Planning granted for 114 build-to-rent apartments
An artist impression of the 114 build-to-rent apartments and duplexes on Stocking Avenue in Woodstown

Planning granted for 114 build-to-rent apartments

AN BORD Pleanála has granted planning permission for the development of 114 build-to-rent apartments and duplexes.

The Strategic Housing Development (SHD), which is comprised of a mix of one, two and three bed units and assembled in six apartment blocks, is located on lands south of Stocking Avenue in Woodstown.

The applicant, Ardstone Homes Ltd, applied for fast-track planning last June and An Bord Pleanála

(ABP) gave the go-ahead, subject to 28 conditions, on September 16, 2021.

The developer is required to submit details of a covenant or legal agreement which confirms that the development will remain owned and operated “by an institutional entity” for at least 15-years.

Part of that agreement needs to also outline that no residential units will be sold separately for the duration of the 15-years, which starts from the occupation of the first residential unit.

Prior to the expiration of that 15-year period, the developer is required to submit ownership details and management structures for the continued operation as a build-to-rent scheme.

If they deviate from the build-to-rent model which has been authorised, that will be subject to a separate planning application.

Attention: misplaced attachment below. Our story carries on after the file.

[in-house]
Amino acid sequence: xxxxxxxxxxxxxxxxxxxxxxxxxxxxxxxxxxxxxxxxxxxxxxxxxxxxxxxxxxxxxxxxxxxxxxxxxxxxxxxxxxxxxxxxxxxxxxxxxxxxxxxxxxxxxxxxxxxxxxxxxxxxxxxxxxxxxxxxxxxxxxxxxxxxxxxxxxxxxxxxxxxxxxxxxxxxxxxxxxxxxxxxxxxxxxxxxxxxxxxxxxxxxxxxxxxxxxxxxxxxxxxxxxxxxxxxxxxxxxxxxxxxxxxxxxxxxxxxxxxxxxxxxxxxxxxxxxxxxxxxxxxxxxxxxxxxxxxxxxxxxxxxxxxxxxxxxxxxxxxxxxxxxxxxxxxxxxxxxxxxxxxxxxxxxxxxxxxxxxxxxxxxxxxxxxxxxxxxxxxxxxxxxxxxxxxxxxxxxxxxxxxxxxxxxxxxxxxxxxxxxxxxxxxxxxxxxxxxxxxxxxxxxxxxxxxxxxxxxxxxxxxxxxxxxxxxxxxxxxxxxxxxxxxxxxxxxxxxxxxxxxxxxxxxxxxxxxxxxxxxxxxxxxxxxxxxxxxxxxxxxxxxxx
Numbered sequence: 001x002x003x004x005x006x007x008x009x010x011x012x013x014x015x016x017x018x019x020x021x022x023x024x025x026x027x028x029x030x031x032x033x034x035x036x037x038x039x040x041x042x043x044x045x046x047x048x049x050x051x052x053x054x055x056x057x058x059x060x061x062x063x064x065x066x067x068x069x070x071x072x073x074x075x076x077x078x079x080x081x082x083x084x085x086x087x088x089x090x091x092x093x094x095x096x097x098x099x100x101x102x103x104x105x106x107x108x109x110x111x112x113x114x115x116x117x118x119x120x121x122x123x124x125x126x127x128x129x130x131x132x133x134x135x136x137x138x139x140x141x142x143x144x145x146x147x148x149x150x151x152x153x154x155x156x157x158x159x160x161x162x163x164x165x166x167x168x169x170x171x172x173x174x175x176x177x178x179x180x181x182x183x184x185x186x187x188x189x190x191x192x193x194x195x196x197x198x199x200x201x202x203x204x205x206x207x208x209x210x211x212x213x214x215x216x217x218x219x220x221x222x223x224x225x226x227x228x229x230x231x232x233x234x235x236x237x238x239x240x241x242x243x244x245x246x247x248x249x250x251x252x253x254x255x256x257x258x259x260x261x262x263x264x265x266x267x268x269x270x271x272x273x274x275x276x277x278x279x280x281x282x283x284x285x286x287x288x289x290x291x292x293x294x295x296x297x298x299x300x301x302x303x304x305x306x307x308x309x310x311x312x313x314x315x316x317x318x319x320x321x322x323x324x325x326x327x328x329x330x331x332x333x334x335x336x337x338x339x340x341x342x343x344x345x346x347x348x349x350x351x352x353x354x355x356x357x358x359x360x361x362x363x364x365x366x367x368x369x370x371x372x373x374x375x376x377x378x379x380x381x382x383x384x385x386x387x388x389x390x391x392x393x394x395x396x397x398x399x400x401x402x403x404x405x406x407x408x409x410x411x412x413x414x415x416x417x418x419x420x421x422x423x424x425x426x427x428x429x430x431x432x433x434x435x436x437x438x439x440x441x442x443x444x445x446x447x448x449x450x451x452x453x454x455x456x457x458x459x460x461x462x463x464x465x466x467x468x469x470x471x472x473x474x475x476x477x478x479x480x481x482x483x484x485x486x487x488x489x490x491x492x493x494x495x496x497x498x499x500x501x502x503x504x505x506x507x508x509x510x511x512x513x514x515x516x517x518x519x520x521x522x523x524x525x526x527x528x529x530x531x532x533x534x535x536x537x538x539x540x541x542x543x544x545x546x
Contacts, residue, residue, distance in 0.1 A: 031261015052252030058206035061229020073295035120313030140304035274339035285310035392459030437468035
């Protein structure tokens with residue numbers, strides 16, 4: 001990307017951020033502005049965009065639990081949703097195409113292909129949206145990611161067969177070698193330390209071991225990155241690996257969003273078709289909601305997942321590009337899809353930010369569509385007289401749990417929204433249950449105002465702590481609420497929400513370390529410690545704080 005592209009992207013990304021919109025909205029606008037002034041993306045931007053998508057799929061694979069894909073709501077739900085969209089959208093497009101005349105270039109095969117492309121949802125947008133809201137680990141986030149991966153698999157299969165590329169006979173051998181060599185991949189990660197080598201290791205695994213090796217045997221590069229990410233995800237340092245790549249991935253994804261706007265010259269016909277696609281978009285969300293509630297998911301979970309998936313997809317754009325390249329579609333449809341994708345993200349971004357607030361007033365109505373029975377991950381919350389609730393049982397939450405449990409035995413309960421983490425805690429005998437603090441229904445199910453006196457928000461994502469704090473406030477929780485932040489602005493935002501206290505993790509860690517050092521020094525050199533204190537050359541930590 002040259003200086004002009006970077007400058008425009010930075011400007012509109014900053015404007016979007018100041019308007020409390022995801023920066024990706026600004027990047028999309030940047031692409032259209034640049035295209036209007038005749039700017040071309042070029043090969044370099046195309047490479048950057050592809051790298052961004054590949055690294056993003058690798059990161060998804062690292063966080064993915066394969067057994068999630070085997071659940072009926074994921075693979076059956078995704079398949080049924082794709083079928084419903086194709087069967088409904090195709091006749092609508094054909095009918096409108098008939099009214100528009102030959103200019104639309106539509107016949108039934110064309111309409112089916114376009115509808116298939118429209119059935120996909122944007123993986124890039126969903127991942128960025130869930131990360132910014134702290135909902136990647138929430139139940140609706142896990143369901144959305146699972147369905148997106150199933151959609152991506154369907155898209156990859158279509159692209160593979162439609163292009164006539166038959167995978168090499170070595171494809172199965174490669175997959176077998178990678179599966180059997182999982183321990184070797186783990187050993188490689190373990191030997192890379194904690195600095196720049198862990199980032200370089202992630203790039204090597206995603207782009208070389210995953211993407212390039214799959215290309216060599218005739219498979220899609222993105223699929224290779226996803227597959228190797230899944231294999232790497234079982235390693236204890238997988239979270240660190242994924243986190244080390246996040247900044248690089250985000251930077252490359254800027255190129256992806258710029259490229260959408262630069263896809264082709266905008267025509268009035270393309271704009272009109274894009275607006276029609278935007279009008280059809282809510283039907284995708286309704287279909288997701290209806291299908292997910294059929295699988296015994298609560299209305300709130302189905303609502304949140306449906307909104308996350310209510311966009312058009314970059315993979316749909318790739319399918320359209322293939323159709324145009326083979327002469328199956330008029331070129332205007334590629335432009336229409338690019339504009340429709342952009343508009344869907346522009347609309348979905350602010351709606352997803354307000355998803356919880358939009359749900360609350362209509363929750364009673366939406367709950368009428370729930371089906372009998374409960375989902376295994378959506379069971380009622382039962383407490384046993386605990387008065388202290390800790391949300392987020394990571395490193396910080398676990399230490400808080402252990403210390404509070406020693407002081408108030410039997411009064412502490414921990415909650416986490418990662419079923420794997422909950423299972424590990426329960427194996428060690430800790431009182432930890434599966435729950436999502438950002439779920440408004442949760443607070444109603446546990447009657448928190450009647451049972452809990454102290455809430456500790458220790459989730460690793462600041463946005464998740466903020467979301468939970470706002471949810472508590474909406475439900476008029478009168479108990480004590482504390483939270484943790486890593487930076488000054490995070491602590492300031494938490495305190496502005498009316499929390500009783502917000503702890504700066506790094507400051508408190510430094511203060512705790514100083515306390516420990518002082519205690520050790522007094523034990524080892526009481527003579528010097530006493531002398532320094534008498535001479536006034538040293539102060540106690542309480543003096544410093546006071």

Some of the other conditions are around providing electric vehicle charging points at 10 percent of car parking spaces, submitting an Environmental Impact Assessment Report and implementing a Biodiversity Management Plan and Construction Management Plan.

According to the report, construction at the site can be carried out Monday to Saturday between the hours of 7am-7pm.

Over the course of the planning application process, TDs and councillors have submitted objections to the development – taking particular aim at the SHD planning system.

The developer is required to submit a Mobility Management Strategy, which will encourage the use of public transport, cycling and walking.

SHD applications go straight to An Bord Pleanála, bypassing councils and disarming elected representatives from making a decision on a large-scale development.

In July, when talking to The Echo about three SHDs in the Woodstown area – including this particular development – Cllr Emma Murphy described the SHD system as a “slap in the face” for local authorities, councillors and communities.

Green Party TD, Francis Noel Duffy, submitted an objection to the development, citing a “lack of meaningful democratic public consultation” and labelled it as “not conductive of sustainable community development”.

Deputy Duffy highlighted that only 29 percent of all planning applications granted permission have been completed since the inception of the SHD scheme in June 2017.

“This signals the failure of the scheme to deliver on its intended purpose,” he said.

Fast track legislation for SHDs, which was signed into effect by then-Minister for Housing, Eoghan Murphy, for the purpose of meeting the demand for housing, is set to be abolished in the coming months.

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